It’s important to note that since we are “body and soul” creatures, emotions have to do with both. For example, biologically, when a person is super tired he might be more prone to anger than when he’s fully awake. Or when a person’s diet consists of way too much sugar and caffiene, it might lead to emotional highs and emotional crashes. At the same time, spiritually speaking, if a person refuses to admit sin and fault, it might cause him to be very grouchy. We also know from Scripture that refusal to submit to God can lead to emotional and mental unstability, as we see from the story of King Saul. Here are a few other examples by Brian Borgman of the “body and soul” relationship to emotions in the area of depression:

“The Bible distinguishes between the body and the soul (Matt. 10:28). It also affirms the interpenetration and interdependence between the body and the soul (e.g., Ps. 38:3). It should not surprise us that physical problems can lead to both depression and spiritual problems. Some physical sources of depression might include prolonged illness, childbirth, surgery, hormonal changes, changes in diet, and fatigue. Many other physical factors may also contribute to depression. The important point to remember as we proceed is that we are body-soul creatures.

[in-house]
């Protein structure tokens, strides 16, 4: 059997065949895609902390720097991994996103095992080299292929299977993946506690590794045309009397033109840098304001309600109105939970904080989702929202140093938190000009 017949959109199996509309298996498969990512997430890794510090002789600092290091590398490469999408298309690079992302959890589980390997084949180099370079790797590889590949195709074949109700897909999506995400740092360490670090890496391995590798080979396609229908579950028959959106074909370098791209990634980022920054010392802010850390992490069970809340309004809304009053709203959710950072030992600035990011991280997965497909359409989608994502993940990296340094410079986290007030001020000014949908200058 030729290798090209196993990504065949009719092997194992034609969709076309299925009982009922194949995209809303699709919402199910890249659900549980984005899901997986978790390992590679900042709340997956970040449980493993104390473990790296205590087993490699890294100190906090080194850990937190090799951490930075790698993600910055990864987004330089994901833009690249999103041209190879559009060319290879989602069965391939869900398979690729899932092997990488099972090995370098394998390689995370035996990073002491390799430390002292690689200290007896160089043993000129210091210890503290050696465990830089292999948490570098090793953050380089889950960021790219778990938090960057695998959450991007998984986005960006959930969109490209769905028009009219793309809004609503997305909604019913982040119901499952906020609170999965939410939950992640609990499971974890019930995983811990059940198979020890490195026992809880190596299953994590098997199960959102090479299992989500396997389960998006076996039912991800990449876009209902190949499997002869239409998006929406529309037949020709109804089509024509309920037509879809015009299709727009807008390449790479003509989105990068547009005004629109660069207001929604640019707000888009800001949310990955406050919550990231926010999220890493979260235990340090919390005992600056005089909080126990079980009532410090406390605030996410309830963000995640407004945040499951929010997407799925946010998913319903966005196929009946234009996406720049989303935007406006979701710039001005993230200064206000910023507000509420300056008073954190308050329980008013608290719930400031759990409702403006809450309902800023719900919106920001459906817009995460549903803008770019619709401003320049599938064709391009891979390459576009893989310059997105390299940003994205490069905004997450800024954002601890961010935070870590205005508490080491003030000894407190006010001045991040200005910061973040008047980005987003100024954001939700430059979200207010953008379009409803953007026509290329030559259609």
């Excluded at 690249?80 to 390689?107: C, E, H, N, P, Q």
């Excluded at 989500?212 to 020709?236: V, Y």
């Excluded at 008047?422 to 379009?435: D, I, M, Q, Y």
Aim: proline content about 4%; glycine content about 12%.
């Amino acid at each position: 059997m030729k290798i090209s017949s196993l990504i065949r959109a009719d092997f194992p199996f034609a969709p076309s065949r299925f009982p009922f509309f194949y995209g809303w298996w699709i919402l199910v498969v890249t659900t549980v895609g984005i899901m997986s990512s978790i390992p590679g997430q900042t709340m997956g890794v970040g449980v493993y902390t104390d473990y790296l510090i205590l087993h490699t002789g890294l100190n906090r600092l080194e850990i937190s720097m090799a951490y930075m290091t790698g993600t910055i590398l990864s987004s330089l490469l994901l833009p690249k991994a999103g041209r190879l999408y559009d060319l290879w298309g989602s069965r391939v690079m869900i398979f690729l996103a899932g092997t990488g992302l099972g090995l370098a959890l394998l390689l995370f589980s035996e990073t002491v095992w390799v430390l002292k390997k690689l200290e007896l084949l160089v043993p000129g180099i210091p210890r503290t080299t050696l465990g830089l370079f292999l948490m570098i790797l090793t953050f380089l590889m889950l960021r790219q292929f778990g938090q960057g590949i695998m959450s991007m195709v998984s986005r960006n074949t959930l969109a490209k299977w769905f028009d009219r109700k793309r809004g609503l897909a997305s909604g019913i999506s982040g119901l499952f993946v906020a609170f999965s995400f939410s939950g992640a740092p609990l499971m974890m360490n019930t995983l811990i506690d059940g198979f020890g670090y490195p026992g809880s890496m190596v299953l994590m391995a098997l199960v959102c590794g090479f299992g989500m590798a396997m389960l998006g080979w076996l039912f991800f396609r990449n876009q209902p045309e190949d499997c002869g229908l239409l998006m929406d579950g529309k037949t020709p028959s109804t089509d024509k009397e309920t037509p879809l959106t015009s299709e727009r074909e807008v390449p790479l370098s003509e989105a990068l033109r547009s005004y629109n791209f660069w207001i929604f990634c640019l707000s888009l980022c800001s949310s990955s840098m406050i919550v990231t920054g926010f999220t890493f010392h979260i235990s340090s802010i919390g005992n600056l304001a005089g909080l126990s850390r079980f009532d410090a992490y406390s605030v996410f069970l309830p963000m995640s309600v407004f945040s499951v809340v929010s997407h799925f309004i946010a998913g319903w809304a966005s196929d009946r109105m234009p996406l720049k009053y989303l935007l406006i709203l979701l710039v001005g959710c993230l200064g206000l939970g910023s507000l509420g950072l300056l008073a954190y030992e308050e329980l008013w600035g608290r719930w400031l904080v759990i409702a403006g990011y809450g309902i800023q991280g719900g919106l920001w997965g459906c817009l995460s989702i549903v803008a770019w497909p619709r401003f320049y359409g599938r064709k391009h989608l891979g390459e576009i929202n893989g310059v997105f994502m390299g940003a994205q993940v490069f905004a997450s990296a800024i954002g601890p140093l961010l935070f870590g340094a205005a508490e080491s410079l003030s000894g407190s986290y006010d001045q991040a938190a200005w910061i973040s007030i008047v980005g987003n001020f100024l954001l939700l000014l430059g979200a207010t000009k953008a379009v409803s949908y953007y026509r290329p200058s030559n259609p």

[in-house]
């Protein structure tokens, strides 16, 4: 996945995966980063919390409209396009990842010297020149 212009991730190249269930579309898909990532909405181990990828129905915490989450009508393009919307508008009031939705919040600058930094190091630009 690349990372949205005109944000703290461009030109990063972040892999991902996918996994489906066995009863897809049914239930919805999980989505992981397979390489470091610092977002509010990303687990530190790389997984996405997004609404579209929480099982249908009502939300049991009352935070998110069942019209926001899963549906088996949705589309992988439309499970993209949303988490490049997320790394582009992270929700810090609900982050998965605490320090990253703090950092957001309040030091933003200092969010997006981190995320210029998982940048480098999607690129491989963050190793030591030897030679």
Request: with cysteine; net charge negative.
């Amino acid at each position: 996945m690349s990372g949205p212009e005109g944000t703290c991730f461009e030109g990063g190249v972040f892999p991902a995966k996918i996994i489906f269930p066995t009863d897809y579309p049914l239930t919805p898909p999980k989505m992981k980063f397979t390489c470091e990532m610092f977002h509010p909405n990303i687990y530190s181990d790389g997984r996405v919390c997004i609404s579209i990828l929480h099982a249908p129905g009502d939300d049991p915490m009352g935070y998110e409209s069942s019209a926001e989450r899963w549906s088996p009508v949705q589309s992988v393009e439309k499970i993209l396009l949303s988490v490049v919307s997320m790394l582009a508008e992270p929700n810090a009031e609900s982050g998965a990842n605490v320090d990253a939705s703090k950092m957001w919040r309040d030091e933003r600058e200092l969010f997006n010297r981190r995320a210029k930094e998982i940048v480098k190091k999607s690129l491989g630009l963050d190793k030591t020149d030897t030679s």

There are also spiritual sources of depression. The most common spiritual source is the guilt caused by sin. …[In Psalm 32] the root cause of the psalmist’s depression is unconfessed sin. The results were physical depletion, guilt, and emotional heaviness.

…Depression can also occur because of the grief of losing a loved one, losing a job, or some major life change. Stress over children, marriage, and finances can also spin us out of control emotionally, landing us in depression. Behind much of this activity is the enemy of our souls, the Devil….

Borgman says more, of course, and even goes on to give help through depression with some good physical and spiritual advice. If you want to read more about depression and emotions in general from a biblical perspective, do check out Feelings and Faith by Brian Borgman. (The above quotes are found in chapter 12.)

Shane Lems
Covenant Presbyterian Church (OPC)
Hammond, WI, 54015

Saul, David, and Errors in 1 Samuel 16-17?